Properly maintained preschool education programs generate long-term effects in school success, including higher achievement test grades, lower chances of class repetition and personal classes, and higher educational achievements. A few preschool programs also are associated with reduced delinquency and crime in childhood and adulthood. Teachers of a preschool have received extensive supervision and coaching, and they should be involved in a continuous improvement process for teaching and learning. Preschool programs should regularly assess children’s learning and development to monitor how well they are accomplishing their goals. preschool education policy should be developed in the context of comprehensive public policies and programs to effectively support child development from birth to age 5 and beyond.
Full-Year Program or Preschool refers to an early-childhood educational class for 2.5 and 4 year-olds. A Child care center with experienced, well-trained teachers and stimulating activities offers kids similar advantages to a preschool. Toddlers can benefit from the chance to socialize with other children, share, contribute to circle time which they may not get to do as often or at all when a nanny or a relative cares for them at home. There’s increasing evidence that children gain a lot from going to preschool. At preschool, they become exposed to numbers, letters, and shapes. In addition to strengthening socialization skills they learn how to compromise, be respectful of others, and solve their day to day problems as simple as tying a shoe lace. A Preschool provides a place where your child can gain a sense of self, explore, play with her peers, and build confidence.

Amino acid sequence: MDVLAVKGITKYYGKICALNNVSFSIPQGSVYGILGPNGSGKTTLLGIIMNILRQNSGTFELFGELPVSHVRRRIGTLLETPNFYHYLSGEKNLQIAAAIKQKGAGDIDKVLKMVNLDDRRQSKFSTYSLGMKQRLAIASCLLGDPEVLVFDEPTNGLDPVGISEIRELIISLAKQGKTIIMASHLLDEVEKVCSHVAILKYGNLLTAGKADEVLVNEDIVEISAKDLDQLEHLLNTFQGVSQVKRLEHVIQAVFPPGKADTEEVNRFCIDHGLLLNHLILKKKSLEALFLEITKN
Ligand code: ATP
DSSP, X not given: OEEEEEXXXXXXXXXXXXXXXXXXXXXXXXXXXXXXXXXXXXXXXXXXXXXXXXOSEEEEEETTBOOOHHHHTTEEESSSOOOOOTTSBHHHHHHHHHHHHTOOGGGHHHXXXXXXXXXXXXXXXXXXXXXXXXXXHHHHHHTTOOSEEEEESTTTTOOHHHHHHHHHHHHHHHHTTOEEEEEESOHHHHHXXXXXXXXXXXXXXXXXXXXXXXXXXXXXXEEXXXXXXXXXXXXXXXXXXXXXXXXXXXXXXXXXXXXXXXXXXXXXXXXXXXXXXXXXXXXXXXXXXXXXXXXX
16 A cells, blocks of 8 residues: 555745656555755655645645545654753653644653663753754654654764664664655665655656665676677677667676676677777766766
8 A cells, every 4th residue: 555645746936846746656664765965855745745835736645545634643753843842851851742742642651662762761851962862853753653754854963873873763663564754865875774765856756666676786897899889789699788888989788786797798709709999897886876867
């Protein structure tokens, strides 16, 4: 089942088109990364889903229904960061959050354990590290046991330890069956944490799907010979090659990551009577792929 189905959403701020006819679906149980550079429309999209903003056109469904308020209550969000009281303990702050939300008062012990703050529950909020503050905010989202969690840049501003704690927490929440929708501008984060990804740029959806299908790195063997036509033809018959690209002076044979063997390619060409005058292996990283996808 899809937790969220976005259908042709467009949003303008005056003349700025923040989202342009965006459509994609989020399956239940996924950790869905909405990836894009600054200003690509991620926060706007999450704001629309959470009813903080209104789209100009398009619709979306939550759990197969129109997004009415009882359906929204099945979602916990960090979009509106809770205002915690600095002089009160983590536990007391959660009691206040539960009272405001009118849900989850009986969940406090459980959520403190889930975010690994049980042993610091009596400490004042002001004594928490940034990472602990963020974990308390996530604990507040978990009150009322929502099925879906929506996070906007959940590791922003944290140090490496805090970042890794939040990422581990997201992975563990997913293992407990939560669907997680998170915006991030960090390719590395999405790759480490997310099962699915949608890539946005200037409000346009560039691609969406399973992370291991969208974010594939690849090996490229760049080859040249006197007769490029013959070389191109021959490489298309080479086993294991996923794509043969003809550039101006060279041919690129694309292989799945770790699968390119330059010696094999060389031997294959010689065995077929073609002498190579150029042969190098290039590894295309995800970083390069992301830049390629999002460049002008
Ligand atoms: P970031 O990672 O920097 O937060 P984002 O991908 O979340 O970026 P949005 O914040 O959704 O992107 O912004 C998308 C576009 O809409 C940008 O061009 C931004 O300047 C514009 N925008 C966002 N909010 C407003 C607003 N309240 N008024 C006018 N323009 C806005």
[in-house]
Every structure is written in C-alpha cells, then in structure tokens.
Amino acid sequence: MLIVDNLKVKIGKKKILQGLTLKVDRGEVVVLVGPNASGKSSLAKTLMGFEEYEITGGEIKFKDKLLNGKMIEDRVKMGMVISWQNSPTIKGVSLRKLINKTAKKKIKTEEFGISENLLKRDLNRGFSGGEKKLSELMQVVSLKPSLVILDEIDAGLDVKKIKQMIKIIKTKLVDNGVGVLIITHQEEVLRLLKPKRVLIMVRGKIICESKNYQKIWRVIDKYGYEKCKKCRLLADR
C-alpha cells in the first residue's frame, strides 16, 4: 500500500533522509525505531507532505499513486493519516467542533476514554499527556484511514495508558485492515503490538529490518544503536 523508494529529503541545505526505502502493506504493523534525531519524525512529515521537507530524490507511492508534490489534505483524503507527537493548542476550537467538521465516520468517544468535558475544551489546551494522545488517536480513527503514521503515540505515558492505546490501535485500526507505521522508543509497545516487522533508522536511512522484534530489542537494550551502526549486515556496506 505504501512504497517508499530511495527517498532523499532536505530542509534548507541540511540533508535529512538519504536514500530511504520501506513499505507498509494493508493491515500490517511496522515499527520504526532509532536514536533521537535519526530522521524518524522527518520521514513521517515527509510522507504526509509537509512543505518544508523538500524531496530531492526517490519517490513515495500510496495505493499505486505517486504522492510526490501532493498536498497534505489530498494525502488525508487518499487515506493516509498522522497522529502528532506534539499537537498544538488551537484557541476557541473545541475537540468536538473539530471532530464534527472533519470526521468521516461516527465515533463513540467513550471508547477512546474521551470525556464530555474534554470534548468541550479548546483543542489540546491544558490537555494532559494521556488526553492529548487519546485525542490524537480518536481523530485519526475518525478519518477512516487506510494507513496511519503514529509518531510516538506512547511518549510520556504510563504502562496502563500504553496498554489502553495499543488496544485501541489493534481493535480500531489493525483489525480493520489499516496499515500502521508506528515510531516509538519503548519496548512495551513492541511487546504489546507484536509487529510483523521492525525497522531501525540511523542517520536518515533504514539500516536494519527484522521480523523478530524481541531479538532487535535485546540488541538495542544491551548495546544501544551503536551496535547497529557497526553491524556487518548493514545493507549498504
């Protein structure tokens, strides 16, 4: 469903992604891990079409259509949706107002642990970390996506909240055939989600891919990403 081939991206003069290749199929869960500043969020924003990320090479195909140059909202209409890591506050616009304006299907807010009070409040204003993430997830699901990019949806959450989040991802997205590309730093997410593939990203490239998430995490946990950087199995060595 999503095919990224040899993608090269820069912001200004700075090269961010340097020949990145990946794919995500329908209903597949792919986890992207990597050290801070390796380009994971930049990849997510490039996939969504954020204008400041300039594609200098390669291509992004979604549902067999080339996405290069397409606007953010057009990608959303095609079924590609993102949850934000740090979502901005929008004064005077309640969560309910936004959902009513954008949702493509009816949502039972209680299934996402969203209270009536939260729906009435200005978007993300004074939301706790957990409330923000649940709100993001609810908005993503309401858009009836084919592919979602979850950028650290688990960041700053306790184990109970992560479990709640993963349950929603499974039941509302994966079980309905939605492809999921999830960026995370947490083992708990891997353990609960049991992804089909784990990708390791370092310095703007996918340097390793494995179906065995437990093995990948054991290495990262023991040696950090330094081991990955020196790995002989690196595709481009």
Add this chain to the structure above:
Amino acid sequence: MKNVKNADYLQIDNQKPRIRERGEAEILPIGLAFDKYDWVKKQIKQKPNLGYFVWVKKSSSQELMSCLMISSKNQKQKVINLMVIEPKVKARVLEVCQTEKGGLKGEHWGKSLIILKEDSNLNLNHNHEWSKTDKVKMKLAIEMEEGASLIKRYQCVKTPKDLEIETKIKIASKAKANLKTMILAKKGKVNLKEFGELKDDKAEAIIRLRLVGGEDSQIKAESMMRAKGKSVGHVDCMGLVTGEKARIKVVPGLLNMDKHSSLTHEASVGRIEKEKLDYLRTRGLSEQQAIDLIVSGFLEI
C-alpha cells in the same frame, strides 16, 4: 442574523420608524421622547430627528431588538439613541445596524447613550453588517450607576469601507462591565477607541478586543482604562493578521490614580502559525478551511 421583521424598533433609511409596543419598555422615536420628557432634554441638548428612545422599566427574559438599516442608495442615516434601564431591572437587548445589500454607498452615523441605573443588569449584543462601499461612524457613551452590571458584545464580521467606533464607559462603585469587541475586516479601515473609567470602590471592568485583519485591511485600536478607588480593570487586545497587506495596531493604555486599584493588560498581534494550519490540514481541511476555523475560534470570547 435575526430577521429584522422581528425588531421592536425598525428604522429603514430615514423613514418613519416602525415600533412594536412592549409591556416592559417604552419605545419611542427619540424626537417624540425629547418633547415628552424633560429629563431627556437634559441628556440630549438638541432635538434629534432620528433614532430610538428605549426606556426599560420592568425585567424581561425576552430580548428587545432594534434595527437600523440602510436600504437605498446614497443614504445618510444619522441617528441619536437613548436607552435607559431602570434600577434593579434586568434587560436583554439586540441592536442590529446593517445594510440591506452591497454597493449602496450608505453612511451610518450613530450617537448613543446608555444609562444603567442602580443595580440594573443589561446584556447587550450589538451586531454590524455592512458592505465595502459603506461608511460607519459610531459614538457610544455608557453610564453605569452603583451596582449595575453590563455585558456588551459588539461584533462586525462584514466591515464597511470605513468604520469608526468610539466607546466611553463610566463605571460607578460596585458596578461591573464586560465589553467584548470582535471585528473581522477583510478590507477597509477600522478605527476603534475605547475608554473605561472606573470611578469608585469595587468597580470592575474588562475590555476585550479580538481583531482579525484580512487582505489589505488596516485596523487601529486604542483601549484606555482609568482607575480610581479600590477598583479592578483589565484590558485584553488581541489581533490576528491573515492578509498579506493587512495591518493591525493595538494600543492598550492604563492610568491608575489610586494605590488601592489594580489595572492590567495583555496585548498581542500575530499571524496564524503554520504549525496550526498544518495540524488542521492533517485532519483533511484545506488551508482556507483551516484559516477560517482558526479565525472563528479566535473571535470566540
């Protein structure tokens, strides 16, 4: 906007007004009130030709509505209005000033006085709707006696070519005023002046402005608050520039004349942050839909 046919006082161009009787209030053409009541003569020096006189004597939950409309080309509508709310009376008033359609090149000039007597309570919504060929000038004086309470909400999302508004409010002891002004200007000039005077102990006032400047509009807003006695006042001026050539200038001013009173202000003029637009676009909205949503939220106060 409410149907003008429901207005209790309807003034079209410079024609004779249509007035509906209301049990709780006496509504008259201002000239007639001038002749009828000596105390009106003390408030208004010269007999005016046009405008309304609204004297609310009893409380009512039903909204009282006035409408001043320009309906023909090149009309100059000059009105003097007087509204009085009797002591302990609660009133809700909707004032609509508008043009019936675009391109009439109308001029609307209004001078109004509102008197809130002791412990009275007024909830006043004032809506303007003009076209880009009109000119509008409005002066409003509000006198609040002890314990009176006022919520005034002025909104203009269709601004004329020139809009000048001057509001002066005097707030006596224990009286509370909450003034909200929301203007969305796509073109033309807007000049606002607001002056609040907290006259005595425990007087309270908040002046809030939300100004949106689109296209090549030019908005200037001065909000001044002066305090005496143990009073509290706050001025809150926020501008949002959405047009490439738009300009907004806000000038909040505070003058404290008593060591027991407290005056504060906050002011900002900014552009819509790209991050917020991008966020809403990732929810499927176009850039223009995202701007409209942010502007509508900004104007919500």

Young children can certainly learn letters and numbers, but to sit kids down and ‘teach’ them is the wrong way to do it. They learn best through doing the kinds of activities they find interesting – story time, talking to their teachers about stars, playing with blocks etc. Without preschool, your kid may not develop the school readiness skills that other kids posses at this age. In addition to the standard expectations in reading, writing and math, there is a much greater level of expectation on day one when it comes to attention and listening skills. A Pre School is not what you remember! With a faster pace of instructions, increased demand for attention and the need for appropriate social skills, a Pre School today is more like first standard was twenty years ago. In turn, first standard is more like second standard, and so on.